Wright Morris Territory: A Treasury of Work

Wright Morris Territory: A Treasury of Work

Wright Morris Territory: A Treasury of Work

Wright Morris Territory: A Treasury of Work

Synopsis

Best known for his novels, including the National Book Award winners The Field of Vision and Plains Song, Nebraska-born author Wright Morris has long been regarded as one of America's most gifted writers. This volume, culling work from the photo-text books, criticism, and numerous short stories frequently overlooked among his oeuvre, reflects the true breadth of this quintessentially American artist's talents. As such, it offers a fascinating overview of Morris's inspiring accomplishments in multiple genres. While embracing the prose for which Morris is justly famous, this treasury of work also highlights his photography and other literary genres, including hard-to-find stories first published in magazines, some of which were early drafts of future novels. Edited by Morris's long-time friend David Madden, this one-of-a-kind collection captures a man of multifarious genius. Replete with interviews, photography, a biographical sketch, suggestions for further reading, and Morris's inimitable writing, this compendium is an indispensable resource for those who wish to understand and appreciate the brilliance and virtuosity of one of America's true talents.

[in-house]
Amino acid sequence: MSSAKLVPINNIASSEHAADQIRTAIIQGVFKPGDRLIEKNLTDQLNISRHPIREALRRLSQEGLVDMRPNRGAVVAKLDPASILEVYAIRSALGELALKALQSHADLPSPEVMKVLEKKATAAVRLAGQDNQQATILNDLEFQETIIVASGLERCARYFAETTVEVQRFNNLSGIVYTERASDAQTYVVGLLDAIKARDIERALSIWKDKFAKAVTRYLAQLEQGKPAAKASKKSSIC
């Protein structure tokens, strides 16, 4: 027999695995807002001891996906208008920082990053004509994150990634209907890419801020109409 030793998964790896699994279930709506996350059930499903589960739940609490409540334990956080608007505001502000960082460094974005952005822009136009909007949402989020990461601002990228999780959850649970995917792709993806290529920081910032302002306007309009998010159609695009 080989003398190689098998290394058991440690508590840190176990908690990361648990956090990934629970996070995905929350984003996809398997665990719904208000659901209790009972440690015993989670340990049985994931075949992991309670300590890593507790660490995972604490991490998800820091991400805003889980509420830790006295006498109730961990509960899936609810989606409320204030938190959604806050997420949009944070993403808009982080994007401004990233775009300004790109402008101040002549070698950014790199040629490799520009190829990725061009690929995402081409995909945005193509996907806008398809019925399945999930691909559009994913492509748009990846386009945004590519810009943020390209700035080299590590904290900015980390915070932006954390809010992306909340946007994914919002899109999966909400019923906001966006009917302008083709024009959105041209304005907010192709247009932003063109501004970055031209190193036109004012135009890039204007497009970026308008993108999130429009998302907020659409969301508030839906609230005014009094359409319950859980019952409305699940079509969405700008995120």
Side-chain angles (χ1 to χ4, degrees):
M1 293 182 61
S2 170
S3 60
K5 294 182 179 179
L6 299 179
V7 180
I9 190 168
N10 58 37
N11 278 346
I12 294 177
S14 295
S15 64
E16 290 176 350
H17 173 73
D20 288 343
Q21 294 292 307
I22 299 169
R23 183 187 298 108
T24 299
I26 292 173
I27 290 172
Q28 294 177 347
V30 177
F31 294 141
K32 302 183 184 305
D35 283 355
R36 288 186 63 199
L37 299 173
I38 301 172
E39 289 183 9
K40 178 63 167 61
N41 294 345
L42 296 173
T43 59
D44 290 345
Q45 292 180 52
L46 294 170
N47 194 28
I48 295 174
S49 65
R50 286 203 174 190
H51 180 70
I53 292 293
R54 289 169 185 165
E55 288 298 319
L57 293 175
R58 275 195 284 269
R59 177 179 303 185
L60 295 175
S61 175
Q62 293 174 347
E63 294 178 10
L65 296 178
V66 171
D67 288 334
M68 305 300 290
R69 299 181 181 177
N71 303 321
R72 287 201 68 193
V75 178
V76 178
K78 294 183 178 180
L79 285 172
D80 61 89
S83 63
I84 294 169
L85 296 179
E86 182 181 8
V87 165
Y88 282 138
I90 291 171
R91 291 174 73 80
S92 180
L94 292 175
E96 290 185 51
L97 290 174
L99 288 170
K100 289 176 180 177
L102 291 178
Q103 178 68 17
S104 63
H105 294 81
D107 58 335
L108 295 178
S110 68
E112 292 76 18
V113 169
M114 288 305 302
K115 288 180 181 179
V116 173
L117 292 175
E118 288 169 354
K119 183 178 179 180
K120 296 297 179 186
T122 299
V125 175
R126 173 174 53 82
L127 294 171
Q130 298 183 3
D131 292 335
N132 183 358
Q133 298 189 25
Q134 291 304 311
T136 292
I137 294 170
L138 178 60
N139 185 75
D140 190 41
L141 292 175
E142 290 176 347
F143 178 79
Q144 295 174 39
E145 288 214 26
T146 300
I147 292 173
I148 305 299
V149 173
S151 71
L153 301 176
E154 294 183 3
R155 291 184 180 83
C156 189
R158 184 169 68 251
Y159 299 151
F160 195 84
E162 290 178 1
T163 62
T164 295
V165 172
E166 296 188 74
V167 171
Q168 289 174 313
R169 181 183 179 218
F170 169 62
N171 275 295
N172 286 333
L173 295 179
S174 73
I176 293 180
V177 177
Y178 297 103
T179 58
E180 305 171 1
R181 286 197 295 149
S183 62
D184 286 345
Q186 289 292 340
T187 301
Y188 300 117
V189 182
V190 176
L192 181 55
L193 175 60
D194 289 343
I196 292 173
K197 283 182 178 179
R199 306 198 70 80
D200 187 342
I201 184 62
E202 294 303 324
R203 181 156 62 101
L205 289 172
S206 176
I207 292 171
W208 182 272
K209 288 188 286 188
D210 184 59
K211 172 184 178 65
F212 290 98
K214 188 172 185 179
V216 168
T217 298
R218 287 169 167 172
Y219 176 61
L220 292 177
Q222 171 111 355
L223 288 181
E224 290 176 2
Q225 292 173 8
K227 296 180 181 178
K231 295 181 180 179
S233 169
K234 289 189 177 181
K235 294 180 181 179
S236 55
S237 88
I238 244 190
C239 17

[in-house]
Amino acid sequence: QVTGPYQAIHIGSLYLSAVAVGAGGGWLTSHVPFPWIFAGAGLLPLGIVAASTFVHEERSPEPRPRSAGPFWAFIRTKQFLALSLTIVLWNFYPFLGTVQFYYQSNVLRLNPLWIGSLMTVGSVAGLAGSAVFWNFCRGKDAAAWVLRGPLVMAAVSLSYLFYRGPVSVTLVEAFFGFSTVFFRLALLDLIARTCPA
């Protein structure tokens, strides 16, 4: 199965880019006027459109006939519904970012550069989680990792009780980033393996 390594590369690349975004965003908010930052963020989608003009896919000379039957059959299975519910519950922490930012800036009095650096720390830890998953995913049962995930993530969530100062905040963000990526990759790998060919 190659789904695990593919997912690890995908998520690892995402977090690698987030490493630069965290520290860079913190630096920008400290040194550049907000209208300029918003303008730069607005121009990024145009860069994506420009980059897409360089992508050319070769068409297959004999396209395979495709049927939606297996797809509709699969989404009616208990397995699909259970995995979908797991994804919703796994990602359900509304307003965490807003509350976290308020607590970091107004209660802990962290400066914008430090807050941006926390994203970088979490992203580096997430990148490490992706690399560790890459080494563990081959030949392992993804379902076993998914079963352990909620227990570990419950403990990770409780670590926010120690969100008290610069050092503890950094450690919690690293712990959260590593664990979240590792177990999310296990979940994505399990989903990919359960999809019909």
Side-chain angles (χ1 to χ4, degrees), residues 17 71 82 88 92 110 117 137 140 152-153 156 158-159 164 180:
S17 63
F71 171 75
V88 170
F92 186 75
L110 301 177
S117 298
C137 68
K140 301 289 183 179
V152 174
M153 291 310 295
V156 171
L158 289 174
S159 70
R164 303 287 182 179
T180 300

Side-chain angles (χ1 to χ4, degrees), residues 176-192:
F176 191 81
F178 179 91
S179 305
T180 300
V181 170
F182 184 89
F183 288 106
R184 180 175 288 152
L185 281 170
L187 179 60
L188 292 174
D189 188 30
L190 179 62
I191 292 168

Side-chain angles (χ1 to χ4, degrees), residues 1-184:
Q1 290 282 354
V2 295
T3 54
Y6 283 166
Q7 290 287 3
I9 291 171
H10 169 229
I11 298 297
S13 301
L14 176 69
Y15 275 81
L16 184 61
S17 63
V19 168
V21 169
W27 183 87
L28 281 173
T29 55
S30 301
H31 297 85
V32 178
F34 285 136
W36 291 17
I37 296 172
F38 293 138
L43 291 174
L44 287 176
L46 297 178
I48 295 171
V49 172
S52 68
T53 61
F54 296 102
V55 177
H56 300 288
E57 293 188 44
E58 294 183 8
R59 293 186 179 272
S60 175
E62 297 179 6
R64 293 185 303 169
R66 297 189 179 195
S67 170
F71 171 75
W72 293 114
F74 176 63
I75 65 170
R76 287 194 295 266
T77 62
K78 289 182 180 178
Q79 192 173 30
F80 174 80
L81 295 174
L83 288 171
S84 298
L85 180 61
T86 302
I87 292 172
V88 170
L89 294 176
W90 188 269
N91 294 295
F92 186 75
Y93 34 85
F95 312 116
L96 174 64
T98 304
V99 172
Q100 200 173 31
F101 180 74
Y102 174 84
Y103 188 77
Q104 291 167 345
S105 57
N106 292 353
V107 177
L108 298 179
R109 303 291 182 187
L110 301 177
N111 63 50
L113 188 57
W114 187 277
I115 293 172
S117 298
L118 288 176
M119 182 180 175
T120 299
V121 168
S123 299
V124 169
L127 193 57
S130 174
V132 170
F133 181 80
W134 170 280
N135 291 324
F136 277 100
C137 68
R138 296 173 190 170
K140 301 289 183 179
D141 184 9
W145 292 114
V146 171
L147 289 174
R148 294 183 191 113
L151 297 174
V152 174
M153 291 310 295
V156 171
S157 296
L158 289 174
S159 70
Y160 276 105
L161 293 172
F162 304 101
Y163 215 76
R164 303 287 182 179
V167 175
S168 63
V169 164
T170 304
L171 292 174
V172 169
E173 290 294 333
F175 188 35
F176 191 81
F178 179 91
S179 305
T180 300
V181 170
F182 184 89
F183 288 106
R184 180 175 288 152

Excerpt

One senses in Wright Morris’s novels the abiding presence of his Nebraska childhood. But Morris is not “regionalist” in the narrow sense. He writes about Nebraska only as it represents conflicting extremes in the American land and character. Landscapes, houses, and inhabitants on the Great Plains become metaphors of the American Dream. “The emptiness of the plain generates illusions that require little moisture, and grow better, like tall stories, where the mind is dry.” Standing in the wasteland of the present, dreaming of a heroic past, some men and women become blighted victims of the “poison of the Great American Myth.” Bringing into focus a representative part of America, Morris seeks the meaning of the legends, myths, and realities of America as they survive and prevail today in the minds of common people.

In The Field of Vision the question is posed: Did one live on the plains in spite of the fact that the conditions were terrible? “No, one lived there because of it. Only where fools rushed in were such things as heroes bred.” These conditions, says Morris, produce . . .

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